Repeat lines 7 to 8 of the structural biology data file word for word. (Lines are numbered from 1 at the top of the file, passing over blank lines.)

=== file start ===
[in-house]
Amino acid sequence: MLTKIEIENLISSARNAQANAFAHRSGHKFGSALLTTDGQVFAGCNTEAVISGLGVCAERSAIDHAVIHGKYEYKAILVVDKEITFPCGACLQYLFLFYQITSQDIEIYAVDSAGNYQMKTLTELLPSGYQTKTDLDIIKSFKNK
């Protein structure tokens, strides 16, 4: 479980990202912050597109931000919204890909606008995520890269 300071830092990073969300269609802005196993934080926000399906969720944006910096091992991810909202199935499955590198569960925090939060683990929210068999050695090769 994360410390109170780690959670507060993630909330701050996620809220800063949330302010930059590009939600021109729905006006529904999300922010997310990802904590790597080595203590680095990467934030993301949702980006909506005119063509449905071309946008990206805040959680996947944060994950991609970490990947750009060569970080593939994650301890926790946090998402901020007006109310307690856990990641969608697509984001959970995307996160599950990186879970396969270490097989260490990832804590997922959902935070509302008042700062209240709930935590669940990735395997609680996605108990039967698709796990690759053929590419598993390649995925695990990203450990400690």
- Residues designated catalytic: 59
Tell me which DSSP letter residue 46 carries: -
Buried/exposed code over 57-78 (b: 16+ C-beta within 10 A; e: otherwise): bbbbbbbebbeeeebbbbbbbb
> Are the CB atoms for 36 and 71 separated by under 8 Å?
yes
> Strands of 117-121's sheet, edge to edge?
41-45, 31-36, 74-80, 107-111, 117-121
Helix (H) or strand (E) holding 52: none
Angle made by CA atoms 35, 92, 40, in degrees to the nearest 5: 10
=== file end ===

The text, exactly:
> Are the CB atoms for 36 and 71 separated by under 8 Å?
yes